Mussels bared in flooding debate

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THE usually calm waters of the River South Esk have churned up quite a political storm, following last week’s meeting of Angus Council’s infrastructure services committee, with Angus Council’s leader accusing the SNP opposition group of being “far removed from the realms of reality”.

Councillor Bob Myles’ comments were directed at Brechin opposition Councillor Mairi Evans after she supported a motion from Independent Arbroath Councillor Bob Spink, seeking to protect the fresh water mussels and eco system which prevails in the river’s waters.

The Angus Council leader said he was “astonished” at Councillor Evans’ stance on the matter and had actually expected her to back the proposals for the removal of the gravel banking, rather than oppose the move and second an alternative.

Councillor Myles said: “My proposed amendment to the director’s report was to instigate proceedings which would enable the gravel bank to be removed once the appropriate licenses are in place.

“This could be done at a fraction of the cost of the full scheme and, although it may not prevent that one in 200 year flood as required by the government, it could prevent the 20 to 30 lesser floods that may occur in the meantime. This is in line with what was historically done on the River South Esk in years gone by.

“There is a window of opportunity to get these works done in the summer months, therefore it is imperative we do not miss this opportunity this year.

“We must get the paperwork in place so that the works can be done when the weather is favourable.

“I cannot believe a Brechin Councillor who attended many of the Flood Forums we have had with the public in Brechin would oppose the very measures that have been suggested at every meeting that took place.

“She is prepared to sit and do nothing in the hope the Scottish Government will come up with the £14-15 million pounds to fund the scheme

“We have decided what is more important - people’s homes or the possibility there may or may not be freshwater mussels in the gravel bank.

“If the mussels are present they could always be re-located in other stretches of the river anyway, as they would in normal spate conditions.”

Councillor Evans defended her stance.

“In the report there was a long list of recommendations. One of these recommendations highlighted that the removal of the gravel bank was unlikely to make any significant difference to the level of flooding which may occur in Brechin.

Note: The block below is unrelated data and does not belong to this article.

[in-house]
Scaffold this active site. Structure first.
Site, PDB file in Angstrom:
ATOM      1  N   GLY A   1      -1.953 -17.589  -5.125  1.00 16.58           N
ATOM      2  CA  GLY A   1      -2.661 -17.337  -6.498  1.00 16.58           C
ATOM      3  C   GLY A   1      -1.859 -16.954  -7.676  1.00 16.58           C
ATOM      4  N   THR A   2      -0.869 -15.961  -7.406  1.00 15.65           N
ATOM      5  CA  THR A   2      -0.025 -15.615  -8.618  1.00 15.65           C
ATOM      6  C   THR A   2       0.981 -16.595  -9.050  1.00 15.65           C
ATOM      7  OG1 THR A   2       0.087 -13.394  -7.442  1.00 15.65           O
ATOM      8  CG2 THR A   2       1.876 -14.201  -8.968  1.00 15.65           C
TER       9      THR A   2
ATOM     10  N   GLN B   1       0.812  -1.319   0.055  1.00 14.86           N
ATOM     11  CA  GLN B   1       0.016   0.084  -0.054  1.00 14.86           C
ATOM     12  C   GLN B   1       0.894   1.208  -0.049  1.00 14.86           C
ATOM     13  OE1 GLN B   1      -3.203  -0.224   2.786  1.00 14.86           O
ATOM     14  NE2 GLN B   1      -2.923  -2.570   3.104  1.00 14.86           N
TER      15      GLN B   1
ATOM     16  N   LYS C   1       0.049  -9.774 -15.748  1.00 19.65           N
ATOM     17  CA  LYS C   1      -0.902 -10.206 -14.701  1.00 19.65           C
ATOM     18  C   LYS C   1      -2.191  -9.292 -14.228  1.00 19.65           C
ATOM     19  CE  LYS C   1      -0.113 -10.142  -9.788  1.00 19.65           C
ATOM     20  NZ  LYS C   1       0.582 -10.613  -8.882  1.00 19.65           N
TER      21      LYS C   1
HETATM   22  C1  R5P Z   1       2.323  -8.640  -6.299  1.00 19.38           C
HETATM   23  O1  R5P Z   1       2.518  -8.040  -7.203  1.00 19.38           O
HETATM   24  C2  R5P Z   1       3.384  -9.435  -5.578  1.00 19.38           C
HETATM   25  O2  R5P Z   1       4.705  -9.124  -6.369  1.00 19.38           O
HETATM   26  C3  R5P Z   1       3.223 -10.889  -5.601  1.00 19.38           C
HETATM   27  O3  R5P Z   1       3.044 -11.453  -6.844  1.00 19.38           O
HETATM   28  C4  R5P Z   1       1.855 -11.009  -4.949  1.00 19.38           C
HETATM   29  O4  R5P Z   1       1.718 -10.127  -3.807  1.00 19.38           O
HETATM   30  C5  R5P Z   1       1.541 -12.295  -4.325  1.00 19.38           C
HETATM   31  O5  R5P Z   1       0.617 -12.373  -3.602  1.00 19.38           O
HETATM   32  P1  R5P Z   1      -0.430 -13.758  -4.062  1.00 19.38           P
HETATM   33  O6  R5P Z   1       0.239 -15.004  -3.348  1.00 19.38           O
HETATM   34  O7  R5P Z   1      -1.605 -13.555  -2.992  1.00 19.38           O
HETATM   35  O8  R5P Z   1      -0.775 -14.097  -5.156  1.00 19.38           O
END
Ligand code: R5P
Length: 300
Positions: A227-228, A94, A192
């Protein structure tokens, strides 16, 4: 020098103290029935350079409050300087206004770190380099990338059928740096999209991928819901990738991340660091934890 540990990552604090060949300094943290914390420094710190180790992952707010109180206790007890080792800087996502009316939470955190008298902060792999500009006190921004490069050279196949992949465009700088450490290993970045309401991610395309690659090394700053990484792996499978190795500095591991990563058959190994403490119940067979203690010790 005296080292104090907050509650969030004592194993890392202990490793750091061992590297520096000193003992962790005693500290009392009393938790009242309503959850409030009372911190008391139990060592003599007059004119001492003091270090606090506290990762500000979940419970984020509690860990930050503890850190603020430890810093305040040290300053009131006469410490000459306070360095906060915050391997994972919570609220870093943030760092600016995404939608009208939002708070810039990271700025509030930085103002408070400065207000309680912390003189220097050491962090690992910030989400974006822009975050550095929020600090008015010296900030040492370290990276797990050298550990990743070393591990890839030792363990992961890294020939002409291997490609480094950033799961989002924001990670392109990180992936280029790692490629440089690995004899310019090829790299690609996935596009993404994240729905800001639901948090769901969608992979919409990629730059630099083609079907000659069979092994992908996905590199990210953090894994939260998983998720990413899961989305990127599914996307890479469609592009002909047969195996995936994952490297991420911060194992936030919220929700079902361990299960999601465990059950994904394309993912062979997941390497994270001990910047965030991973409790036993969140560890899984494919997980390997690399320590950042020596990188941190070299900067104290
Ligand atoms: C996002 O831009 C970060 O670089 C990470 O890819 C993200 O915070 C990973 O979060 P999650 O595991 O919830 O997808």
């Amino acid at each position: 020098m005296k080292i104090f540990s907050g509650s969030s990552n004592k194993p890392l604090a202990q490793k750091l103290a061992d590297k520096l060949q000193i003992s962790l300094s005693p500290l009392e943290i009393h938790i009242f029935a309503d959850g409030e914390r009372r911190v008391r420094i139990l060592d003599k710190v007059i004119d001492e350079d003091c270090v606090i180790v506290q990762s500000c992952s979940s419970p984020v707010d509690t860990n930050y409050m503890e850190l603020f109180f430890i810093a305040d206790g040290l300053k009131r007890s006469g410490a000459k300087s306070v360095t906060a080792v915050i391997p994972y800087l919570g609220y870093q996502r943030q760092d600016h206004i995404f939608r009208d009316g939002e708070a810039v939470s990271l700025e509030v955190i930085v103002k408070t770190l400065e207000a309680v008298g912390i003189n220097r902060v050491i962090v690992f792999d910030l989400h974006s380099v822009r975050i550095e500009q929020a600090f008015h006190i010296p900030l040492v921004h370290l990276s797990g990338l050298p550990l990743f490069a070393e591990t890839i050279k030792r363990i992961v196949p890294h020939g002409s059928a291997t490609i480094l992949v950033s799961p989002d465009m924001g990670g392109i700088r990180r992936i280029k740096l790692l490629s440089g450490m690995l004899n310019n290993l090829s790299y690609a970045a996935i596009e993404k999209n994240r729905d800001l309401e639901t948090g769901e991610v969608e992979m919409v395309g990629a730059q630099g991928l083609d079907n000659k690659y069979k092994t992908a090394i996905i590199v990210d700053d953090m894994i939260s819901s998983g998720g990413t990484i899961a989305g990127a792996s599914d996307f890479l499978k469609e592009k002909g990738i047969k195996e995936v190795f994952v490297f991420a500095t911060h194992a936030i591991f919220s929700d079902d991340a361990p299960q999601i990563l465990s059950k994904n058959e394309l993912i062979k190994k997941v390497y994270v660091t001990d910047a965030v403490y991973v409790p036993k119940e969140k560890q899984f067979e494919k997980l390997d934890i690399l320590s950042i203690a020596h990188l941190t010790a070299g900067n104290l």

“On top of that it would cost a great deal of money and would only act as a short term solution. It was also estimated that the gravel bank could return within five to ten years.

“I was ready to agree to the report. However, we had a recess to discuss Bob’s motion.

“When we returned to the chamber, Bob Spink put forward another amendment which I elected to support. One of the main reasons for this is that I feel the focus should be placed on Scottish Water to do something about the drainage systems.

“Unless we get them to act and do something about that, either removing the gravel bank or building the flood defence system won’t make the slightest bit of difference.

“Locals are only too well aware that flooding in the town doesn’t only occur in River Street.

“We have seen it before when, following heavy rain, drains have popped open in Southesk Street. There has been severe flooding in Latch Road, simply because the drainage system couldn’t handle the deluge of heavy rain, and this is regardless of the height of the river.

“To me this is the main issue on top of pursuing the main flood defence system.

“Everyone has their own opinion as to what will make a difference to the flooding in River Street.

“Another massive problem for people living down there is their inability to get their houses insured.

“People can’t get home insurance until a full flood defence scheme is in place, but I still feel Scottish Water hold the key to the solution here.

“Unless they have more pressure put on them nothing will make a difference.

“Both the council and the Scottish Government have contacted Scottish Water. There was a free vote and that was meant to be so this didn’t turn into a political debate.

“That’s exactly what free votes exist, so members can act as they see fit.”

Councillor Myles’ motion was carried by ten votes to four.